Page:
Digital with a Vengeance: iPhone Thief

Life is funnier than fiction.

Please have a read through this blog:

Short story: young man steals iPhone from woman but forgets to turn off feature that uploads photos to Dropbox whenever the phone is connected to Wi-Fi.

The woman´s revenge is as sweet as it is hilarious as she now chronicles the thief’s life through a tumblr blog (Hafid, apparently, lives in Dubai, likes costumes, cars and selfies!)

Take care (of your iPhone) amigos,



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Mobile Search: Why is the location of the user valuable for advertisers?

Location in general is valuable for advertisers because it allows them to add to their marketing efforts information that extends the traditional targeting from an approach based on who the target market is (age, sex, income, etc), to an approach linked to the physical coordinates of the business.

Location is valuable because it complements the WHO with the WHERE with regards to the target.

The real surge in targeting based on user’s location (geo-targeting) has been possible thanks to the evolution in mobile telecommunications technology and the high penetration of smartphones (mainly through GPS enabled systems that allow advertisers to pin point accurately the user’s location).

What unique specifications do mobile devices offer that make them extremely attractive for advertisers?

Mobile devices are the most intimate personal devices ever built (as well as a powerful computers).

  • They are always carried by users, and always on
  • They can collect target data and campaigns can be measured and tracked in an effective manner (increased ROI)
  • Mobile devices, through the use of social media companies that operate Location Based Services can fully utilise the social aspect of media consumption

Consumers rely heavily on their mobile devices to browse for information and search for things close by that they want or need (a restaurant, a gas station or a 24hour hair saloon). So this has become a great opportunity for advertisers who can use Search Engine Marketing to engage the mobile consumers while they search and browse content on their mobile devices (Google refers to this as “Small screen. Big opportunity”).

Advertising planned with regards to location has always been important to local businesses or local branches of global businesses. In the same manner as radio proved in the past to be a great media channel for local retailers, location-based advertising in mobile devices is also very important for local and global advertisers as it can reach the consumer near the point of sale.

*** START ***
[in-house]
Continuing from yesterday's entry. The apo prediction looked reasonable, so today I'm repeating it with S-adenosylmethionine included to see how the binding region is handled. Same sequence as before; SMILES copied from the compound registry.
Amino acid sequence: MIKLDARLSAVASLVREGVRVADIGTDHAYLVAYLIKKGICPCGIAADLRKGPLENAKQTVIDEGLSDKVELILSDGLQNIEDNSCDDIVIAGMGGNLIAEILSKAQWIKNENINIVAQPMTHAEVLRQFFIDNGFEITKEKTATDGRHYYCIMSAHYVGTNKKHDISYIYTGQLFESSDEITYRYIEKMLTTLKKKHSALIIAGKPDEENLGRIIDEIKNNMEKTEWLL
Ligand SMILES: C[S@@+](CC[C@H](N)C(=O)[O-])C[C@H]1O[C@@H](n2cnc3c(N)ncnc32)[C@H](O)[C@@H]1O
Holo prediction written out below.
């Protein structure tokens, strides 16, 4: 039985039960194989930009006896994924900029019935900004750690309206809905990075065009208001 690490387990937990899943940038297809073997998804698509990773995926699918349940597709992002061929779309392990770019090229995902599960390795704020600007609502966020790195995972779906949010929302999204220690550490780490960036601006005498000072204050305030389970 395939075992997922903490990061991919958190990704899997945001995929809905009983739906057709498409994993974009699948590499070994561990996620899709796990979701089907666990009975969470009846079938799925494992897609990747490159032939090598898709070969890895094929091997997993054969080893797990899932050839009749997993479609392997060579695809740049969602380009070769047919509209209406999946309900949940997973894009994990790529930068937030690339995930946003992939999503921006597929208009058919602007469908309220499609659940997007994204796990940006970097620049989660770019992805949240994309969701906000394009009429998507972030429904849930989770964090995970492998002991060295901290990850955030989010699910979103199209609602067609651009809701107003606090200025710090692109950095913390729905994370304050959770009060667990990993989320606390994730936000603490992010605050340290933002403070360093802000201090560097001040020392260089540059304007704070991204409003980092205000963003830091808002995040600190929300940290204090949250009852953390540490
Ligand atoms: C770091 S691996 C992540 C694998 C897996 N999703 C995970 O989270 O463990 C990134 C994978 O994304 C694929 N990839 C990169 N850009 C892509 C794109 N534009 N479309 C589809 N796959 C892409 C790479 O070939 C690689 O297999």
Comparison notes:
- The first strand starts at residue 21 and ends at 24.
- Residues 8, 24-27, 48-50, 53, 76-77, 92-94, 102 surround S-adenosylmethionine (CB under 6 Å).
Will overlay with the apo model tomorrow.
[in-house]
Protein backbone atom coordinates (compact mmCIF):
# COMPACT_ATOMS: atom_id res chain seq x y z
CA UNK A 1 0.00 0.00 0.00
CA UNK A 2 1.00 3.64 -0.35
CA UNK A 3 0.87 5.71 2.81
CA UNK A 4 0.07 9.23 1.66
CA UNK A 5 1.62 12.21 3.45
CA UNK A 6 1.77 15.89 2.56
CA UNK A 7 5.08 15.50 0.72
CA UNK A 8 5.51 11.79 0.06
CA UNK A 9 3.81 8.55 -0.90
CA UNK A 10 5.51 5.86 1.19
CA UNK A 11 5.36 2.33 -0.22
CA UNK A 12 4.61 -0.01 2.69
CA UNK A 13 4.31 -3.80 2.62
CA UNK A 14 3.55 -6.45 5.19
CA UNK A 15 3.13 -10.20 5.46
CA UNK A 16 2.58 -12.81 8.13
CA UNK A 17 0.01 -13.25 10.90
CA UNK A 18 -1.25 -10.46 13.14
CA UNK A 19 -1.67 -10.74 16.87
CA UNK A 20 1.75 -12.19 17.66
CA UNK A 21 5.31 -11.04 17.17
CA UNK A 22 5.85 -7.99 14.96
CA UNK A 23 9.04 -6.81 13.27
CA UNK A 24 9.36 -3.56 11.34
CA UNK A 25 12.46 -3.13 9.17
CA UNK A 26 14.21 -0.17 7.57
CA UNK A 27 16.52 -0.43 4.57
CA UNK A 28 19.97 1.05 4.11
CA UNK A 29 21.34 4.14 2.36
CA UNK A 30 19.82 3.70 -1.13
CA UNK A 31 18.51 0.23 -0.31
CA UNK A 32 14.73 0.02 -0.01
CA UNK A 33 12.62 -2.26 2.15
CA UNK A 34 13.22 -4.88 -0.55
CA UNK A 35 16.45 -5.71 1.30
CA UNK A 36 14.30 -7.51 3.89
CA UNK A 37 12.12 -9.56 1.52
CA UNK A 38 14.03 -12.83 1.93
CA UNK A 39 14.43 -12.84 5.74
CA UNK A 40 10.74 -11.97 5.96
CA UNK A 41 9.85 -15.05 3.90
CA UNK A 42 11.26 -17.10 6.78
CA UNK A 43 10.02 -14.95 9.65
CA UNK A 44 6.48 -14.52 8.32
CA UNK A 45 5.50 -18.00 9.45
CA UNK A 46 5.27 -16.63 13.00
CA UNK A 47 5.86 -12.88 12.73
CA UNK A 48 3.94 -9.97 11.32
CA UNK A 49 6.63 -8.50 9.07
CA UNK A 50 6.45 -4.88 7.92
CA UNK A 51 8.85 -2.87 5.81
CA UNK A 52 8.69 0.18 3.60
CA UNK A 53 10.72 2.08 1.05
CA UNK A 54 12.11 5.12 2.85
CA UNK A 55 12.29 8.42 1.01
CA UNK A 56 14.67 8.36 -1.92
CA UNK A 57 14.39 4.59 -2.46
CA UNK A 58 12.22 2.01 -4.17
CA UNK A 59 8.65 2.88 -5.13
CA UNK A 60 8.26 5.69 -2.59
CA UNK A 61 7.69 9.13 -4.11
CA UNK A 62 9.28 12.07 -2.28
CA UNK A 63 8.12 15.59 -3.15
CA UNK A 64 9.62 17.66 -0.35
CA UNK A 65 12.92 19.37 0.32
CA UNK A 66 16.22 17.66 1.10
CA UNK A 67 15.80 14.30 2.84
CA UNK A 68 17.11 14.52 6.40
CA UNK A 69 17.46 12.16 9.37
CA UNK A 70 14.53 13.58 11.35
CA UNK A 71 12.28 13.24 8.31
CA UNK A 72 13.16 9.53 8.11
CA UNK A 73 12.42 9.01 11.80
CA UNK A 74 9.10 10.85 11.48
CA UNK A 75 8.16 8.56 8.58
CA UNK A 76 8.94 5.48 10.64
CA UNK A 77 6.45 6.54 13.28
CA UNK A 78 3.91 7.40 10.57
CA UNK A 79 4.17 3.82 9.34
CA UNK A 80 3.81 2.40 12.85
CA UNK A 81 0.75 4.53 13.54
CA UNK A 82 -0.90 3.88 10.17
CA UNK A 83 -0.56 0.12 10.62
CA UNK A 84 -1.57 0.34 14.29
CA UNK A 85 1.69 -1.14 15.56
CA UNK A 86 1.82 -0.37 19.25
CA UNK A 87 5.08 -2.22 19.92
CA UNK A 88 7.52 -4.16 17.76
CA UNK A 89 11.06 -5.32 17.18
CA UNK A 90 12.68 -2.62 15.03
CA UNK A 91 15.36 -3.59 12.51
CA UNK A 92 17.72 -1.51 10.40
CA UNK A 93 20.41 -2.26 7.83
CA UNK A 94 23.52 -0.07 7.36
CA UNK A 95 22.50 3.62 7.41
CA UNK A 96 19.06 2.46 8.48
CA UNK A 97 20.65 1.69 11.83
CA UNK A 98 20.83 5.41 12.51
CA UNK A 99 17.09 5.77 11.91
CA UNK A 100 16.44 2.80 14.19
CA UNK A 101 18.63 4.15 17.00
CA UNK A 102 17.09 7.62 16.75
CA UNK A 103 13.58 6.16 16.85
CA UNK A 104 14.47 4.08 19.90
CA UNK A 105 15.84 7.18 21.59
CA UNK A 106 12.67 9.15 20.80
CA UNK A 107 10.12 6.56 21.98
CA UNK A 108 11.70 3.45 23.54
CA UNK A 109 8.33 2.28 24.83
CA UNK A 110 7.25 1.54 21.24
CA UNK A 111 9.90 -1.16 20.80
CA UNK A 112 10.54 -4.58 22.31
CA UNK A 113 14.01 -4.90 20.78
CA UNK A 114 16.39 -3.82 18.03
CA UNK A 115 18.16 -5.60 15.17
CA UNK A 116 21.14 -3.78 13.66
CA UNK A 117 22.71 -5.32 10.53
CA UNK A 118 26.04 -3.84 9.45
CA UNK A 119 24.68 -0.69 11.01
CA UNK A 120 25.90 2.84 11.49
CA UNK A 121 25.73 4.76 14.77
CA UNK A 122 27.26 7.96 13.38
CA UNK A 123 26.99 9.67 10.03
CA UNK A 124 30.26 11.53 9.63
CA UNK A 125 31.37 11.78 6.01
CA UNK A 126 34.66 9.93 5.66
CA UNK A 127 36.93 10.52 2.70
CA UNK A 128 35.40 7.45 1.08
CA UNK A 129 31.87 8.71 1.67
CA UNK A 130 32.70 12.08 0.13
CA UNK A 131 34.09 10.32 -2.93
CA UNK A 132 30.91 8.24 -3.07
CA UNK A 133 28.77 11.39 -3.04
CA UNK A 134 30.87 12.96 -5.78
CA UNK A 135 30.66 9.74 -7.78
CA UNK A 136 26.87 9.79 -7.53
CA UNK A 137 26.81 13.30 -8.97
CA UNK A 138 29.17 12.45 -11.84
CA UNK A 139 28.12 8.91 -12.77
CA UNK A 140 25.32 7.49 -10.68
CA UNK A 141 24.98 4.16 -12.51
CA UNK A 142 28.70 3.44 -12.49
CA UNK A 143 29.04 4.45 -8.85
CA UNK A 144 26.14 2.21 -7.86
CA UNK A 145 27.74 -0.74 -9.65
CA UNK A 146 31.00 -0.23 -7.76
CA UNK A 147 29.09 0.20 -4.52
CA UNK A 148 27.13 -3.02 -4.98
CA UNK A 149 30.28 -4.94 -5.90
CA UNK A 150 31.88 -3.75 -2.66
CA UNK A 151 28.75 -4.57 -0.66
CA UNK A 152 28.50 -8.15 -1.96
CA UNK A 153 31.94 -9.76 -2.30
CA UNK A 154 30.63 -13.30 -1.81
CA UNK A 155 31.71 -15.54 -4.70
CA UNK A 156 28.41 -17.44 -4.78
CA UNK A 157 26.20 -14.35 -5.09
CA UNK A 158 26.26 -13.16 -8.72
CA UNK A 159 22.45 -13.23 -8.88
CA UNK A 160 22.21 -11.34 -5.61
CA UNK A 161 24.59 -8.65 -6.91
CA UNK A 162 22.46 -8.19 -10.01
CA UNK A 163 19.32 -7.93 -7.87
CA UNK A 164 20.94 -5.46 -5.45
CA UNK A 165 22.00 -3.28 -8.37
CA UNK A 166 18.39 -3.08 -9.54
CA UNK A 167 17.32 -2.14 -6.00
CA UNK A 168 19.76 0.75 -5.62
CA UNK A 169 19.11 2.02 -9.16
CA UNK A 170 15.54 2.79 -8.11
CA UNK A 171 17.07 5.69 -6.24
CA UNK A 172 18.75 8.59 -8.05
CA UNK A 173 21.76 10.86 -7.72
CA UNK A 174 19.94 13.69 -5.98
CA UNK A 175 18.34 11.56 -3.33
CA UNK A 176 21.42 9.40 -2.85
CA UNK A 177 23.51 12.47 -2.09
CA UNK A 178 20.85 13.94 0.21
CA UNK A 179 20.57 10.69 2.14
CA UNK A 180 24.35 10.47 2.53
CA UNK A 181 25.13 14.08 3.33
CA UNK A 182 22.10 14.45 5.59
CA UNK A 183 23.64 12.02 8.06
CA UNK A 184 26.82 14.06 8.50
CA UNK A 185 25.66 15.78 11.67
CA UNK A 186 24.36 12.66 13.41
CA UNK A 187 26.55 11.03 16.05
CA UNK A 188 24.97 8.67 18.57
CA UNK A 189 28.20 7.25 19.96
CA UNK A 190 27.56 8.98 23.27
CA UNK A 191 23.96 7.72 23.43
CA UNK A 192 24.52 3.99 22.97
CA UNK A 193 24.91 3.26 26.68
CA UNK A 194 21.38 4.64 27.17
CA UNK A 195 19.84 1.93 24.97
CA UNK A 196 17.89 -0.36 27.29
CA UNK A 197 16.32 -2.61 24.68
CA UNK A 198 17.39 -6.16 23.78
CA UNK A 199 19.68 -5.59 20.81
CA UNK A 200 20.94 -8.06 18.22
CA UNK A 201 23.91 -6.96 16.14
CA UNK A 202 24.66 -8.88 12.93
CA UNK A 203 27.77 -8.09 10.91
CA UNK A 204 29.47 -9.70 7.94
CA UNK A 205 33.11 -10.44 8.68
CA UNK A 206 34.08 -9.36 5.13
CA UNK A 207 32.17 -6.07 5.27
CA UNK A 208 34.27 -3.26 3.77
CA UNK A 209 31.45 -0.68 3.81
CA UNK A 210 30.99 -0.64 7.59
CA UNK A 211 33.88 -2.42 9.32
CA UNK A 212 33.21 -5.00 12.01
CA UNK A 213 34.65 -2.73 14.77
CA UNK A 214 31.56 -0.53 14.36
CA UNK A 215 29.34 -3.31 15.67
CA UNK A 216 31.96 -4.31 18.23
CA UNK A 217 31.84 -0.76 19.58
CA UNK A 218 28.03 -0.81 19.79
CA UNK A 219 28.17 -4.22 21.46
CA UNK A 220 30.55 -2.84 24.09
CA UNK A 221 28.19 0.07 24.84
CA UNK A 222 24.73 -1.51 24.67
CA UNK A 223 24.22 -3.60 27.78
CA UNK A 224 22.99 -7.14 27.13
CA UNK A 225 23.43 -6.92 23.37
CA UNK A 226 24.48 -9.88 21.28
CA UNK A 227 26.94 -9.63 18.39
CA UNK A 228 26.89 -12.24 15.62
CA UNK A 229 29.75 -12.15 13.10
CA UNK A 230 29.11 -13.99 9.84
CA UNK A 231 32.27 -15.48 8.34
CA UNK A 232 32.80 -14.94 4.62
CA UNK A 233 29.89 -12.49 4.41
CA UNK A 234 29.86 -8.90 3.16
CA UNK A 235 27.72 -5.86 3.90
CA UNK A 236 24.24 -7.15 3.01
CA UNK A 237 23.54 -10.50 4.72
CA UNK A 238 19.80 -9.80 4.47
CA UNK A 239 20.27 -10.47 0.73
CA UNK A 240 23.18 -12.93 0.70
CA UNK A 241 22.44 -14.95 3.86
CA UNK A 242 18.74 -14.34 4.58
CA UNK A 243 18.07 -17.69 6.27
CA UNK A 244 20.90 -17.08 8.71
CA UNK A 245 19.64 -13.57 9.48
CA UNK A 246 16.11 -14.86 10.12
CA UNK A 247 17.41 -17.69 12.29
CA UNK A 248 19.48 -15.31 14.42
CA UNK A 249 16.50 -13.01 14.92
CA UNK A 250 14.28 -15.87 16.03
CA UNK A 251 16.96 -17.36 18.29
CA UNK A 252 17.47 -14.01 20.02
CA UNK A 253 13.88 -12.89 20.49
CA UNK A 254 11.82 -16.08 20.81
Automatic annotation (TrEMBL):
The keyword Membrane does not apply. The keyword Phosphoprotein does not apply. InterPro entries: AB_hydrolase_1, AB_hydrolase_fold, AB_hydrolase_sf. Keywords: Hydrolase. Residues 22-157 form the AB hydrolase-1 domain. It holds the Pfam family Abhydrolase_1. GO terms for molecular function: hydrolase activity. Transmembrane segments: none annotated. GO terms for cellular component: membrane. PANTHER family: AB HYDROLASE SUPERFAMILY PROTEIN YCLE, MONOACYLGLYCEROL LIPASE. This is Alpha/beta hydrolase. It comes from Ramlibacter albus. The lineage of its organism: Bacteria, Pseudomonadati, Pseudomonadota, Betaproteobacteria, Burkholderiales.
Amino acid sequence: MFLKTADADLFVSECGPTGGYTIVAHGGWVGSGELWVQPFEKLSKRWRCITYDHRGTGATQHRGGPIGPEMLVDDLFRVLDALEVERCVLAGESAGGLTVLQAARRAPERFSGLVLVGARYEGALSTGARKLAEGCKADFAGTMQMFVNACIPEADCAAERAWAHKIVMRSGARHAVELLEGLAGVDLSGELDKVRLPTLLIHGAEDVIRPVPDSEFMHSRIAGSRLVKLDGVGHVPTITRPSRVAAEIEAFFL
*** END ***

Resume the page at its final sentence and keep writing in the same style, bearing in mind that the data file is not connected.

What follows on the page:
So what is Mobile Search marketing?

Forrester defines mobile search marketing as the process of using mobile search engine results to increase the visibility of a company, its brands, or its products. This is done through SEO, paid search advertisements, or contextual listings. In Paid search the ads appear beside related mobile search results or across mobile content.

According to eMarketer, mobile search advertising is projected to grow almost 60 percent to $295 million by the end of 2011
In one year, the growth in mobile search ad spending as a percentage of total search ad spending has increased dramatically

And how is Mobile Search Marketing different from online (or desktop) search?

Although the overall philosophy remains the same, traditional web search is created around the popularity and relevance of a web page, rather than the popularity and relevance of a place.

There are certain things that we need to bear in mind when we adapt online search to mobile search. These things relate to the specific nature of  a) the mobile device and b) the underlying behaviour of the mobile consumer.

a)    Search Marketing with regard to the mobile device

Smaller screens means less space to show organic results and paid ads and so

Mobile Searches return fewer results and less text-per-link in the results page.

Smaller keyboards also generate shorter search queries than with traditional PC-based searches and will need to be customised for “large finger syndrome” by improving navigation on smartphones through search engines.

b) Search marketing underlying behaviour of the mobile consumer

Mobile consumers generally access the web when they need a quick answer and mostly related to things in the vicinity (As Eric Schmidt mentioned in the 2010 IFA show in Berlin:“1 in 3 queries from smartphones is about where I am). They are driven more by specific goals normally with a short-term time constraint (i.e. nearest hotel).

This means that Search for mobile needs to adapt from its online/PC origins in the following ways:

Ads should be location-specific and place extra importance on actionable keywords that are time sensitive and linked to the brand/business.

So what can advertisers use location in Mobile Search for?